Britain's May pledges 20 billion extra pounds for healthcare post-Brexit

Britain's May pledges 20 billion extra pounds for healthcare post-Brexit

"The truth is that in spite of this welcome extra investment we will face hard choices and we need an honest debate about what the NHS can and cannot do", he said.

But that figure, famously advertised on the side of the pro-Brexit campaign bus back in 2016, ignored the money that Britain gets back from the EU.

Britain will have more money to spend on its health service when it leaves the European Union, even as it continues to make payments to the bloc, Prime Minister Theresa May said on Monday.

But the Shadow Health Secretary believes the five-year plan to increase spending on the NHS is "not enough money".

Mr Davis questioned the Scottish politician on the viability of Mrs May's cash injection following years of austerity implemented in the wake of the finance crisis of 2008.

The health service in Northern Ireland is set to benefit from around £600m extra funding a year in real terms by 2023.

Prime Minister Theresa May has claimed a "Brexit dividend" will be one of the ways the United Kingdom will pay for flushing more money into the NHS over the next seven years. The pledge drew immediate scepticism, with critics saying the plans lacked detail and questioning whether leaving the European Union would actually save money.

"The speculation about where it's coming from - particularly the "Brexit dividend" - is just not credible, as far as many commentators are saying".

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After the worst winter on record for the NHS, the much-loved institution is in dire need of fresh funds but a decade of severe spending restraint means the extra cash will nearly certainly have to be generated by increasing taxes, something the Conservatives have traditionally been reluctant to do, though opposition to the idea appears to be softening.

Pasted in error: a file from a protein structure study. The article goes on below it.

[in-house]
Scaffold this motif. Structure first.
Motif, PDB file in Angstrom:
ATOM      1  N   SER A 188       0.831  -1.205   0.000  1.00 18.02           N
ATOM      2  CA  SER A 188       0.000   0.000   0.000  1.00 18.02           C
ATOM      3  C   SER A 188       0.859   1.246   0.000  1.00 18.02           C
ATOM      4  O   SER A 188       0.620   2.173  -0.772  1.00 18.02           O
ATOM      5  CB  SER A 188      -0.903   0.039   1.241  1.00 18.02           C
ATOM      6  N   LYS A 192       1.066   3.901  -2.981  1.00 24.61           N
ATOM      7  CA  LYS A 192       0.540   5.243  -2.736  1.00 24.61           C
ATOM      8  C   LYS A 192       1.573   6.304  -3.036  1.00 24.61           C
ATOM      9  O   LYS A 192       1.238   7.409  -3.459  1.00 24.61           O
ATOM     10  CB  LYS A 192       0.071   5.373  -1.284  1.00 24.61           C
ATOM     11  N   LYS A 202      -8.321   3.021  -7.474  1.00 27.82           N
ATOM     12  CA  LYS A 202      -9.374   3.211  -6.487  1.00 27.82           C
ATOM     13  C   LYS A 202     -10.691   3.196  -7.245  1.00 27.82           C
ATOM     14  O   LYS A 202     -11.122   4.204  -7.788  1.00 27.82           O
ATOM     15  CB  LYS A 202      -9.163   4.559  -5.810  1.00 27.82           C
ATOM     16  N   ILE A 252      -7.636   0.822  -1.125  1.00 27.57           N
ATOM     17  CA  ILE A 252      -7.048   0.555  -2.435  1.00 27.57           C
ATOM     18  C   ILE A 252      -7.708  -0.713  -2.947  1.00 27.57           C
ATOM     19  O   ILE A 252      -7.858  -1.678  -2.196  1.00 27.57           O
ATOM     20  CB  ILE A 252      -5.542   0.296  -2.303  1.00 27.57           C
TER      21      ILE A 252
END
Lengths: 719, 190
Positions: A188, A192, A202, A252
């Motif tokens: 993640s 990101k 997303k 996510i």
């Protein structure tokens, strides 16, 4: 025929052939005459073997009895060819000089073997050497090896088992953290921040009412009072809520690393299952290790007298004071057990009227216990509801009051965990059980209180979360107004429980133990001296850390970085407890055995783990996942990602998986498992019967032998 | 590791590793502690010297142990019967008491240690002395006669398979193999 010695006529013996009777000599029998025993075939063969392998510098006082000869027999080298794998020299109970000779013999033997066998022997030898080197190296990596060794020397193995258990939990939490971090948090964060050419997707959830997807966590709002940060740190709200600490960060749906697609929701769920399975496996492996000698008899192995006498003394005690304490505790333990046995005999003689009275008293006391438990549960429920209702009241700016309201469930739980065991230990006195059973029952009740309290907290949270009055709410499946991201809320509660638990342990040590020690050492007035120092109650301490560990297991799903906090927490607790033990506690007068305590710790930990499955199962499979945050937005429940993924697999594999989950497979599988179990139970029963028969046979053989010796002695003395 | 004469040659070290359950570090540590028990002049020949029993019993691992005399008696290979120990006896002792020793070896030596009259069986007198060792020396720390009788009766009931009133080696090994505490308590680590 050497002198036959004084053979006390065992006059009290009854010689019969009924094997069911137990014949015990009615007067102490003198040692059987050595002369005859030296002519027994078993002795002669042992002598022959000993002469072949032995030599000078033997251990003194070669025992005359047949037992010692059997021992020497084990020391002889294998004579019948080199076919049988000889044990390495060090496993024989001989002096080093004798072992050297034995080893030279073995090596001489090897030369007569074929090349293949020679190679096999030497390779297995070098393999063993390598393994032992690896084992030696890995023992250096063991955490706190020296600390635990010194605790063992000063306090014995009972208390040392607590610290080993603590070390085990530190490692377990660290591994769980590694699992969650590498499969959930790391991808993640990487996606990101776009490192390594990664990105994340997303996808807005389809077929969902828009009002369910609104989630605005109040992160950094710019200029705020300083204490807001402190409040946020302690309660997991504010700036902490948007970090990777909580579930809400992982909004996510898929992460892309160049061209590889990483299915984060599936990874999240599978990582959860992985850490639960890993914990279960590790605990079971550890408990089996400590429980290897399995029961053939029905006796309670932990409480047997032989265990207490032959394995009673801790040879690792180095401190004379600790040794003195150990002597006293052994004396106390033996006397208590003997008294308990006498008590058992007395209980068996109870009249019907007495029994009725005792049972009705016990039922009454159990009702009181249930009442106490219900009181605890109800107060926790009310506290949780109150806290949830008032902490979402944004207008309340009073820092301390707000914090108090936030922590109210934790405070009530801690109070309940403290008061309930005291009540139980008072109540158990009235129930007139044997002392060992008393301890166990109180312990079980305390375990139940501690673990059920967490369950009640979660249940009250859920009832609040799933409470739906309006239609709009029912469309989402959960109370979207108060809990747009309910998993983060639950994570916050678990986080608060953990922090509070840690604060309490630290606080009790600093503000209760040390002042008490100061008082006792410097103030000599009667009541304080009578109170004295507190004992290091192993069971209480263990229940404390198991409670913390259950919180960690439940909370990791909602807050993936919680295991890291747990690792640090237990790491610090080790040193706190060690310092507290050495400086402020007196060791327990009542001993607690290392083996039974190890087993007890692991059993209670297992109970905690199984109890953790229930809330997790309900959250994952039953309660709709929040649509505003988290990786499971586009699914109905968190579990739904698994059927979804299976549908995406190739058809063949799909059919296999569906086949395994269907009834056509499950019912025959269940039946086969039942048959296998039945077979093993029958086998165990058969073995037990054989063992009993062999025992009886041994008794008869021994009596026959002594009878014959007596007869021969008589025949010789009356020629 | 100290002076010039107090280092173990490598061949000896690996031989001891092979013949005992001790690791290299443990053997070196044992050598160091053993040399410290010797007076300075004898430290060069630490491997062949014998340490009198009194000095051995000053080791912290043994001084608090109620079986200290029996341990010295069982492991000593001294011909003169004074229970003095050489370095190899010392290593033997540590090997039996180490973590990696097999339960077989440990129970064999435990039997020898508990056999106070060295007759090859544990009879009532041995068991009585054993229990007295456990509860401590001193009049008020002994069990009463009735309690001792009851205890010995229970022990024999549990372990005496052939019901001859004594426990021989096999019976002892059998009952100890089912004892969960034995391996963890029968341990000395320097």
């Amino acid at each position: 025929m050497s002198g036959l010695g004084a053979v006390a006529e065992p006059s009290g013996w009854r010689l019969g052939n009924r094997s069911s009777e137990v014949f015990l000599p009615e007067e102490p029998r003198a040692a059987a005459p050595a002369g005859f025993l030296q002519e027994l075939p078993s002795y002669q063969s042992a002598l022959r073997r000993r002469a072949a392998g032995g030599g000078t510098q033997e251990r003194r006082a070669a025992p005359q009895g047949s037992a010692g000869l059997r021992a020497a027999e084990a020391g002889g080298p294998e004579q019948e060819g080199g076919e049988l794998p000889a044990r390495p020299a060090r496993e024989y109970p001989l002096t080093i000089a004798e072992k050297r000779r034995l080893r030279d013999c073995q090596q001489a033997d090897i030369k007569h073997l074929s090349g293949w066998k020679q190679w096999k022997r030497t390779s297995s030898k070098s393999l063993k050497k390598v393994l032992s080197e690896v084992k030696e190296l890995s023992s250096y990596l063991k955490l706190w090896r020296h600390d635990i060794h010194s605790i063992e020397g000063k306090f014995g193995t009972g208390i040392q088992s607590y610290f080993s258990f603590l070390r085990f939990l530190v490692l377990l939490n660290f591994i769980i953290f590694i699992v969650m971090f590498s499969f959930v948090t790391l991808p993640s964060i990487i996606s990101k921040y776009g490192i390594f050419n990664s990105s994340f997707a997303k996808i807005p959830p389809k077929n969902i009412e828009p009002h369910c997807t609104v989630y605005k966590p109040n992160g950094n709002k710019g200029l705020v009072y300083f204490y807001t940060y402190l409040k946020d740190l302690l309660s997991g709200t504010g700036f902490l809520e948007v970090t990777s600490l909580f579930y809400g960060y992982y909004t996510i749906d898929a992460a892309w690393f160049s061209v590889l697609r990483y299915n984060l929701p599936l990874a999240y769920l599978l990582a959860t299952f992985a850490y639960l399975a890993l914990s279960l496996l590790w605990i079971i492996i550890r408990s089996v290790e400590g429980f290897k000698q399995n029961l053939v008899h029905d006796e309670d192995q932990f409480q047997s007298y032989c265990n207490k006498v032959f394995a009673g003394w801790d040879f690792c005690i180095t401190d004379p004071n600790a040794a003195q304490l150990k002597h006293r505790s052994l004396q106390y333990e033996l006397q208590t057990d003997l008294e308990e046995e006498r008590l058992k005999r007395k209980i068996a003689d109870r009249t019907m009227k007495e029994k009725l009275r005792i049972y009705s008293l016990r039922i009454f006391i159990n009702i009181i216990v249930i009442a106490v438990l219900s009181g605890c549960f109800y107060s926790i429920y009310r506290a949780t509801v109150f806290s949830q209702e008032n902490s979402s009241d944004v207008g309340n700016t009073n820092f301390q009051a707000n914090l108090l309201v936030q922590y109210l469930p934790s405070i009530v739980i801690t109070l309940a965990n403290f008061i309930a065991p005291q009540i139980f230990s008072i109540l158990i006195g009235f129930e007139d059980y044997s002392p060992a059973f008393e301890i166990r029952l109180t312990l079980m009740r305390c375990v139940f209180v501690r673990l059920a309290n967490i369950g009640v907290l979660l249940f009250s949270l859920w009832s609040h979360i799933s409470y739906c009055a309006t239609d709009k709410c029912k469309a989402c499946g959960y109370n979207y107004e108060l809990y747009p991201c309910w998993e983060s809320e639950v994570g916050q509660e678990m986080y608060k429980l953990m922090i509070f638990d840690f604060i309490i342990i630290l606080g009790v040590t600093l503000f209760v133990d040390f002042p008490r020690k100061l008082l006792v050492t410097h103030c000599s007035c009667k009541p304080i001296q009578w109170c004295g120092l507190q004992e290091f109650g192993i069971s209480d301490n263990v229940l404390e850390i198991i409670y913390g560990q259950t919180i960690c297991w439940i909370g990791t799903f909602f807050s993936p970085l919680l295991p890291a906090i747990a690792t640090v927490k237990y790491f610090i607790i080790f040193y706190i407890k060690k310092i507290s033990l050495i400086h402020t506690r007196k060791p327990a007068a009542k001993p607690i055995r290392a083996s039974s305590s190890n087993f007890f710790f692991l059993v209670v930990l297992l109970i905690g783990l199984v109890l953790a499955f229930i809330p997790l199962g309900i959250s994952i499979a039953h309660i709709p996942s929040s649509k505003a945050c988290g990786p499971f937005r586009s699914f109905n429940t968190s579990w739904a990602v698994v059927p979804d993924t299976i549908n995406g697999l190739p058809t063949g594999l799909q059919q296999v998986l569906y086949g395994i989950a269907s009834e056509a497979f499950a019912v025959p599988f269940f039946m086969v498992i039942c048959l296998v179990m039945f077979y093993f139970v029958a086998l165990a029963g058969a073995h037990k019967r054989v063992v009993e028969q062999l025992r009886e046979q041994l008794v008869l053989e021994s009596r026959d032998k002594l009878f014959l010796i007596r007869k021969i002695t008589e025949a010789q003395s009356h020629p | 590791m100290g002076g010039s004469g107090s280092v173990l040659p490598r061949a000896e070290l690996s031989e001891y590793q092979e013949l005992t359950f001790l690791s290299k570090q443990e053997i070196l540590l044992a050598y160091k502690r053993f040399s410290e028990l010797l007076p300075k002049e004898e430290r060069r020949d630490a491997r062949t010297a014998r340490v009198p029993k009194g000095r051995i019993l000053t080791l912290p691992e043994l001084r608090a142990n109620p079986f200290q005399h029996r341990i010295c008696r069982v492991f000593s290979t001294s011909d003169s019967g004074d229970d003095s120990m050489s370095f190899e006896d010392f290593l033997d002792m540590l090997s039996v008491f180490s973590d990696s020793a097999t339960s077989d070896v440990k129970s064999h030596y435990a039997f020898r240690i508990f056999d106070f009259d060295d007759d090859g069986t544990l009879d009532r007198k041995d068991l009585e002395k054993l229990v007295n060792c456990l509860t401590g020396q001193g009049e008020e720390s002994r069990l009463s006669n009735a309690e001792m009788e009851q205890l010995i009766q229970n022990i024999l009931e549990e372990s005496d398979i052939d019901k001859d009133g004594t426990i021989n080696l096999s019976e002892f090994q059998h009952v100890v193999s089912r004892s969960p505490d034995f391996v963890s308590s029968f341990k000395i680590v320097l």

And Paul Johnson, director of economic think-tank the Institute for Fiscal Studies (IFS), said the only way the rise could be paid for was by an increase in taxes.

The Scottish politician noted the NHS is a pillar of British society and praised Theresa May for making it her top spending priority.

The prime minister was joined at the announcement by her chancellor, Philip Hammond and health secretary Jeremy Hunt.

"The devil is in the detail and the Tories have form of cutting other budgets when they are passing on consequentials which leaves the Scottish Government less than the health consequentials from the UK Government", she said. The settlement would equate to an average increase of around 3.4 per cent per year over the next five years.

May will pledge to increase the NHS budget by 20 billion pounds ($26.6 billion) a year, or 384 million pounds a week, after Brexit, according to front-page reports in the Sunday Times, Sunday Telegraph and Observer, which were published late on Saturday.

With so much at stake, it is only right that the public are given the chance to take a view on the final Brexit deal through a people's vote.

"We have looked carefully at what we have put into the NHS to ensure that we deliver world-class healthcare". "We want to see this long-term plan for the NHS delivering for the NHS".

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